On November 14, 1999, high-school dropout Rolando Domingo Montez, celebrating his 19th birthday, was arrested for public intoxication and trespass after the owner of the boat on which he and his friends were sitting complained. Police placed him in Cell No. 1 of the Port Isabel City Jail. The next morning, Montez was permitted to make some collect calls from his jail cell to seek bail money from his mother, Pearl Iris Garza. Mom, complaining that Montez was in jail again, refused. But she generously came to pick up Montez on the 16th when he was released on his own recognizance. Unfortunately, while Garza was waiting in the lobby, and while police were responding to a call for assistance regarding a suspicious vehicle, Montez hung himself with the 19-inch phone cord from the phone he had used to make the calls.
This was, said the lawsuit of Pearl Iris Garza, Montez’s mother, the fault of Port Isabel taxpayers. (Montez’s estranged girlfriend, Belinda Leigh Camacho, the unwed mother of his child, also sued.) An Overlawyered reader can expect that. What surprised even me was that the plaintiffs also sued the manufacturer of the phone. (Isn’t it nice that through five years of blogging on the subject, the plaintiffs’ bar still has the capacity to cause outrage? Or maybe I’d be a happier person if I were more cynical.)
Port Isabel is in the south part of South Texas, so you won’t be terribly surprised that a jury found that Montez was only 60% responsible for his death, with the city 25% responsible and JCW Electronics 15% responsible. (Or maybe you’ll be pleasantly surprised that the jury ascribed that much responsibility to Montez.)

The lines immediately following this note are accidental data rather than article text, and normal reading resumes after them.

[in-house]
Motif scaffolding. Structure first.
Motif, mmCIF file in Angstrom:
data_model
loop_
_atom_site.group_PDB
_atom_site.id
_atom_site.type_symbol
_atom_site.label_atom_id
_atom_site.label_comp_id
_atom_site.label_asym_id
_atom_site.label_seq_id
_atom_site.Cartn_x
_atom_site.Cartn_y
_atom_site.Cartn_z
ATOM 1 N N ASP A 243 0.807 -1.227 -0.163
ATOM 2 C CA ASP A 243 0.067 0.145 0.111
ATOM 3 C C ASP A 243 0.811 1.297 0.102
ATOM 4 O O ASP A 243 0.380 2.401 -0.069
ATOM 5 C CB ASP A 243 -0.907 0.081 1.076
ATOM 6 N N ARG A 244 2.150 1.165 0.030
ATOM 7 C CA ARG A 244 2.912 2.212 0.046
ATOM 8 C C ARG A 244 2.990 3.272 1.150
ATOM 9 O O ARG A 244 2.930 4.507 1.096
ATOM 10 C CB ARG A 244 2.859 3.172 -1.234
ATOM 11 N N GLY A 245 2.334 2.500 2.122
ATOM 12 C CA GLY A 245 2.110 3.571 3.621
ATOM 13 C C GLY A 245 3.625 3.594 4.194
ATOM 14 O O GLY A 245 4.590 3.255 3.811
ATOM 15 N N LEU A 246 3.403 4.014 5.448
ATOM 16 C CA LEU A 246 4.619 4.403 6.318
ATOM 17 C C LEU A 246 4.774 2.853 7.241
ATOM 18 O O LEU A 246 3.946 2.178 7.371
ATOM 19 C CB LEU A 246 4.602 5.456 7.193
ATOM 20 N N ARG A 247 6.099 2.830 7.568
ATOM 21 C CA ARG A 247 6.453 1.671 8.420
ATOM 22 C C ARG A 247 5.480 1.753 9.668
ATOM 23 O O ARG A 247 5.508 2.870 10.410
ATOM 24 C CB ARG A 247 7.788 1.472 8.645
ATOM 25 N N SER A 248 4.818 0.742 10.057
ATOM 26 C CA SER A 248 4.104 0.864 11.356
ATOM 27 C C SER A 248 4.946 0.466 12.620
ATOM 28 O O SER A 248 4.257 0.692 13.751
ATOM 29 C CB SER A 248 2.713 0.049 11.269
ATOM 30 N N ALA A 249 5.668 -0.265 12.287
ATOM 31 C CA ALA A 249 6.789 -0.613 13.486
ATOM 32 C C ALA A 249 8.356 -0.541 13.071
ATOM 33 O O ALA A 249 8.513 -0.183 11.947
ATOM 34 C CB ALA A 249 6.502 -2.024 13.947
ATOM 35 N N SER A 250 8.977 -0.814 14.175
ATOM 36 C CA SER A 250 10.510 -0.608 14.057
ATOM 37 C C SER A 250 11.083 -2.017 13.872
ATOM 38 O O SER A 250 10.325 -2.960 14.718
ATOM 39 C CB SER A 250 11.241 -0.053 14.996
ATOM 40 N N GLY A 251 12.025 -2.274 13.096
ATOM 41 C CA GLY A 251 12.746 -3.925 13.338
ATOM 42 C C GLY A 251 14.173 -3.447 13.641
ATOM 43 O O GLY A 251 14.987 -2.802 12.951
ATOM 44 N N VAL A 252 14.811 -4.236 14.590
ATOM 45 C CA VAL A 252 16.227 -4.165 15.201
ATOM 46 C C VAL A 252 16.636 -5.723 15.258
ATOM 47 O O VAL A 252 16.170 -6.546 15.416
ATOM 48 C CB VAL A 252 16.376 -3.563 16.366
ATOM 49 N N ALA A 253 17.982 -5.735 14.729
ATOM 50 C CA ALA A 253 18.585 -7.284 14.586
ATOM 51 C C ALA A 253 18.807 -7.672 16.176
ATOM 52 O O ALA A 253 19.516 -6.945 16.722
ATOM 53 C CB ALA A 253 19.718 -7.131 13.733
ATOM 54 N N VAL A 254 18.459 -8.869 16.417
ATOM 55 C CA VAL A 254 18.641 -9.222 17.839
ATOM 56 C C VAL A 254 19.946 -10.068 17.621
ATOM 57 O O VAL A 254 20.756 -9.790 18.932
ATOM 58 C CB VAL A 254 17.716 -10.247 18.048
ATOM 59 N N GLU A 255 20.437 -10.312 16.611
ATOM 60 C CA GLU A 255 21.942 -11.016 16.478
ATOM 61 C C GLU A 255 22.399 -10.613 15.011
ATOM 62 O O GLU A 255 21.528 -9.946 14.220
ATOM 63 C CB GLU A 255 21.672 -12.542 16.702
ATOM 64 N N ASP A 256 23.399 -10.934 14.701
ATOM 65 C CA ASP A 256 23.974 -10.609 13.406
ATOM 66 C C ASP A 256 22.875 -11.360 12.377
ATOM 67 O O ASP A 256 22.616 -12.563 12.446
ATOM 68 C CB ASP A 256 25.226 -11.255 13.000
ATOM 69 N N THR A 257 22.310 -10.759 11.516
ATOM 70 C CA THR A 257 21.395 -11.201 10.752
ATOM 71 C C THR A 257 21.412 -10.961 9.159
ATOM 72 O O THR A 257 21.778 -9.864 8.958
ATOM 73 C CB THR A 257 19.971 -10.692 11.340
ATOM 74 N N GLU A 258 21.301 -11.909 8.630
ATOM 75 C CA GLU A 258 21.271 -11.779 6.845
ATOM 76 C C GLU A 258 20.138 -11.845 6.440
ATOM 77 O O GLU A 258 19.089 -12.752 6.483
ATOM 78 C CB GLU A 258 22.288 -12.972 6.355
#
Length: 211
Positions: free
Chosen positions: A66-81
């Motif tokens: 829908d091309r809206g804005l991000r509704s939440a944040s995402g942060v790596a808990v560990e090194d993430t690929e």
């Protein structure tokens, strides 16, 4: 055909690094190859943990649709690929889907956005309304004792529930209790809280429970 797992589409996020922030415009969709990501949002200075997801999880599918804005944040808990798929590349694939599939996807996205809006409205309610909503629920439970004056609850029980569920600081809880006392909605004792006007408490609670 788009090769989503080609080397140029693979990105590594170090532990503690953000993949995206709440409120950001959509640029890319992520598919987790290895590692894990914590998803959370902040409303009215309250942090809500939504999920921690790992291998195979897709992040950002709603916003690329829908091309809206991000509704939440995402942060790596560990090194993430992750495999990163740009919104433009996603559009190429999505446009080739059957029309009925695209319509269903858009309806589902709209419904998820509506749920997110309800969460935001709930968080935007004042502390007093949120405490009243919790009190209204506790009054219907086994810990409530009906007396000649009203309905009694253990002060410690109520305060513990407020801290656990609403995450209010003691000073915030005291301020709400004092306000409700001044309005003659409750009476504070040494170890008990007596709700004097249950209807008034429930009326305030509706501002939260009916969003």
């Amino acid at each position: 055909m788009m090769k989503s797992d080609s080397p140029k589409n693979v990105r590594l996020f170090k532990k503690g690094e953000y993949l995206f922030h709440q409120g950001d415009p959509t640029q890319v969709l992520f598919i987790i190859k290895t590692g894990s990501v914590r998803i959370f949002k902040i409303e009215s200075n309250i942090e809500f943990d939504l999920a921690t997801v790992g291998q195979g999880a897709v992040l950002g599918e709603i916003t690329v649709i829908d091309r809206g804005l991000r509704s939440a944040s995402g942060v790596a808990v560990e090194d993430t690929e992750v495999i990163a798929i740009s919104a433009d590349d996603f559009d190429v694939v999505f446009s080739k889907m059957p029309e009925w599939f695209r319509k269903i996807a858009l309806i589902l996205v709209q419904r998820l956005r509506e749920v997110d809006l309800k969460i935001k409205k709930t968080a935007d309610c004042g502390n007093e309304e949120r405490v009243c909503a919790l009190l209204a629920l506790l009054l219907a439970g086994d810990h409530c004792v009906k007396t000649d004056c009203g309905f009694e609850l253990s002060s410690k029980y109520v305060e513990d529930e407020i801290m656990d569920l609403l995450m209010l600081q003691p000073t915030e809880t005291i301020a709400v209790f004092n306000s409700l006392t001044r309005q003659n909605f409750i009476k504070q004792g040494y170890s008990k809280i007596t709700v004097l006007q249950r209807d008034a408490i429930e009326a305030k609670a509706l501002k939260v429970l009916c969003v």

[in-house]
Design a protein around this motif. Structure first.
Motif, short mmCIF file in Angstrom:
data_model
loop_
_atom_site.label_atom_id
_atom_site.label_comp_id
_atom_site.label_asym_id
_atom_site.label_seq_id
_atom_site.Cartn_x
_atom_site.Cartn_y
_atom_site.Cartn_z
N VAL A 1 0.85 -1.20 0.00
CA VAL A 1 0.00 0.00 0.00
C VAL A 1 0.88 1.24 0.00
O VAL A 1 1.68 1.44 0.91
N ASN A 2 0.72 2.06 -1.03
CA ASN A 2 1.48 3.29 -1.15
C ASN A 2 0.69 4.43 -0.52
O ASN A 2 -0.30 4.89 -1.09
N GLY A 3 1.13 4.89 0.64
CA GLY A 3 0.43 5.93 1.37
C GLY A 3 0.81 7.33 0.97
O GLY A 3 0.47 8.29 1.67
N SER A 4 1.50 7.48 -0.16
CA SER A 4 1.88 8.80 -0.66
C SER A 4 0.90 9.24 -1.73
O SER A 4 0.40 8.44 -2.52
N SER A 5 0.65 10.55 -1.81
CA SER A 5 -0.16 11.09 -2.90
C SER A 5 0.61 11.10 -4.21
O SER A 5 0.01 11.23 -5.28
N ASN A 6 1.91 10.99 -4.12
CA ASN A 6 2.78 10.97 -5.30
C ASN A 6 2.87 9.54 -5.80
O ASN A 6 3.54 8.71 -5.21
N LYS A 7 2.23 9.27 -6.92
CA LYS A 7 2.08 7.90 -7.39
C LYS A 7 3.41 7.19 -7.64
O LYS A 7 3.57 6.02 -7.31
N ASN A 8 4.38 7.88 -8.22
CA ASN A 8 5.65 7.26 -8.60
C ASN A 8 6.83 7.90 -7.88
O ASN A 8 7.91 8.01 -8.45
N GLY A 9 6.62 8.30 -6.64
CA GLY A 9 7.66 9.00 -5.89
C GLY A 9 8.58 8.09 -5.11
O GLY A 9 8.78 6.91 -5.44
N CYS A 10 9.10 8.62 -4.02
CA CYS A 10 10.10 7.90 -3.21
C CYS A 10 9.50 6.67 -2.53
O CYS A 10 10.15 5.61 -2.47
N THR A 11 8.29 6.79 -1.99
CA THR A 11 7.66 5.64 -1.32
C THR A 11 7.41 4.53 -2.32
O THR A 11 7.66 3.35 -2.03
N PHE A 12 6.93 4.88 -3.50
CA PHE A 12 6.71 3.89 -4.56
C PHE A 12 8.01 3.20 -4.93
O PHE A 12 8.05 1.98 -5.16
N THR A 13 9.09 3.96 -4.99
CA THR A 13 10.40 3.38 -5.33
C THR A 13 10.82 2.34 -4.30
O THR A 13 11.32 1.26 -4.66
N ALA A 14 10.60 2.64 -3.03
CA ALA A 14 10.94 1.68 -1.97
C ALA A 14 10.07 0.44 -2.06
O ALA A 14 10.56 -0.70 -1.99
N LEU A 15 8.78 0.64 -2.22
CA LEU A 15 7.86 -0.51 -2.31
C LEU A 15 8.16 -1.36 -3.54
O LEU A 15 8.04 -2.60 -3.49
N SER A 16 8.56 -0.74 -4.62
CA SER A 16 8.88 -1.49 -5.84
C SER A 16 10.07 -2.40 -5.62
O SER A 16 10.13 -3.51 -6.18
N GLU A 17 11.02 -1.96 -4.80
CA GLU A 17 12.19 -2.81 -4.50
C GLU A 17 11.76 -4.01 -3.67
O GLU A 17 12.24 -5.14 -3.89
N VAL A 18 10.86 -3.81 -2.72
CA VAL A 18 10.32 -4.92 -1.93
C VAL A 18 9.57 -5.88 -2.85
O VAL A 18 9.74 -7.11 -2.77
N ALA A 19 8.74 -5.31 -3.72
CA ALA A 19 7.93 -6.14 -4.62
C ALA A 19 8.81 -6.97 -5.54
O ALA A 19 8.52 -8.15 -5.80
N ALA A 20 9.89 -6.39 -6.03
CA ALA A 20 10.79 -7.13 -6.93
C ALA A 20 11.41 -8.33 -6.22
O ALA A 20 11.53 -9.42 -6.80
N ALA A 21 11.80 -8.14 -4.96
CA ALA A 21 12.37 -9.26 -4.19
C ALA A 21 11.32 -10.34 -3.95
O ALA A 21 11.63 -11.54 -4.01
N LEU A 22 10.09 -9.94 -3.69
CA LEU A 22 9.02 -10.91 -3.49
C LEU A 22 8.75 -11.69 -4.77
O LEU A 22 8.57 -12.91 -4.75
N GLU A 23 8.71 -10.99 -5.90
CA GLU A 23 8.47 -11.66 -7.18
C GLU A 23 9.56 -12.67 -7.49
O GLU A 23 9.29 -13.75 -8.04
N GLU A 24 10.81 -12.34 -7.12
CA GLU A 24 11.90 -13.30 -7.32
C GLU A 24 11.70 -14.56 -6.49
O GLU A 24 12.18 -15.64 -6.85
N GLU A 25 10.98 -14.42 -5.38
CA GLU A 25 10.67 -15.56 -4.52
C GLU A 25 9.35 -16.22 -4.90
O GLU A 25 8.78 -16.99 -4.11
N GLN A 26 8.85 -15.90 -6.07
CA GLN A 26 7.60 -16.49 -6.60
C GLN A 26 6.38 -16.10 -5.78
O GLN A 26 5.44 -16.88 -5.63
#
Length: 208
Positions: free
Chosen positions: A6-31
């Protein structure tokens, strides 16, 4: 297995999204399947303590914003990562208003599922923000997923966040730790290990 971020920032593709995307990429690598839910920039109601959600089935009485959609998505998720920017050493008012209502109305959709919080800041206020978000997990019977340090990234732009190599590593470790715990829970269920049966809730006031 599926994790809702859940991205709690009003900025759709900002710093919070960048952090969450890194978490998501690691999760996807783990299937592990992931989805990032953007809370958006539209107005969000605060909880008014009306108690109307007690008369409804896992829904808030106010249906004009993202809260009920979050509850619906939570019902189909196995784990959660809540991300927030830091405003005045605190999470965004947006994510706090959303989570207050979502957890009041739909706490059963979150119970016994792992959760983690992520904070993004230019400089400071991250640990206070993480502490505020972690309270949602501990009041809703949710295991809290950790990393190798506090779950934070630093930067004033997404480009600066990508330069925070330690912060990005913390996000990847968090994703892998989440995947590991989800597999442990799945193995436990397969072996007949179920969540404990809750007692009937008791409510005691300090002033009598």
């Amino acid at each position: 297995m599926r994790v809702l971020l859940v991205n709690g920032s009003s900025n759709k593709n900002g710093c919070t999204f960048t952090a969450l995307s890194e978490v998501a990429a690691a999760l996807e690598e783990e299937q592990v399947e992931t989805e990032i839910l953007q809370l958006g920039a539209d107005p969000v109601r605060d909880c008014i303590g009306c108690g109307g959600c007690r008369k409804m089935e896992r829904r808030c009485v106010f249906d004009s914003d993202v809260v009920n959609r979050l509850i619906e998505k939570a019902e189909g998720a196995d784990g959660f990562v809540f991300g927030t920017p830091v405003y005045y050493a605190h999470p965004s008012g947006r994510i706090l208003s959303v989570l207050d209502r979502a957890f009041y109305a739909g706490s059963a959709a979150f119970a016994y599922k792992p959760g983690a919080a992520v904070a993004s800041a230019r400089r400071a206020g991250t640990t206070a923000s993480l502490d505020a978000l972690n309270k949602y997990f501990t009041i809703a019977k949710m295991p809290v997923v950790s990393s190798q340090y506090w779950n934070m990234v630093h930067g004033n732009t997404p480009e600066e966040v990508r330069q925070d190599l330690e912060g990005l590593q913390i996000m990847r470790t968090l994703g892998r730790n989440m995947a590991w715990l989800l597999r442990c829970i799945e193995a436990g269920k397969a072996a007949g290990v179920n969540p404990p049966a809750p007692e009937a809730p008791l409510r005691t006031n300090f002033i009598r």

Fortunately for Port Isabel taxpayers, the Texas legislature modified its joint and several liability and comparative fault rules to bar any recovery to plaintiffs who are more than 50% responsible for their mishap. Tex. Civ. Prac. & Rem. Code § 33.002(a)(1). Nevertheless, lower courts (including the notorious Corpus Christi appellate court, see 176 S.W.3d 618) bought Montez’s trial lawyers’ argument that JCW was still on the hook because Chapter 33 only applied to torts, and they were ostensibly suing under “implied warranty.” Final judgment was issued against JCW of $140,000 to Garza and $376,200 to Montez’s son. (Camacho got nothing.)
But the Texas Supreme Court sensibly noted (citing decades of precedent) that such lawsuit allegations sound in tort, correctly applied the law, and threw out the case. (JCW Electronics, Inc. v. Garza, No. 05-1042 (Tex. Jun. 27, 2008) (via Steenson); Jail Suicide/Mental Health Update, Winter 2003 (pdf)).
Note cases like this when you see leftist Texas groups count up “business victories” in the Texas Supreme Court and falsely argue that the Court is in the pockets of business interests when the real problem is lower courts making bogus rulings to favor the trial lawyers. And note that had the jury found Montez 49% responsible instead of 60% responsible, JCW and taxpayers would still be on the hook.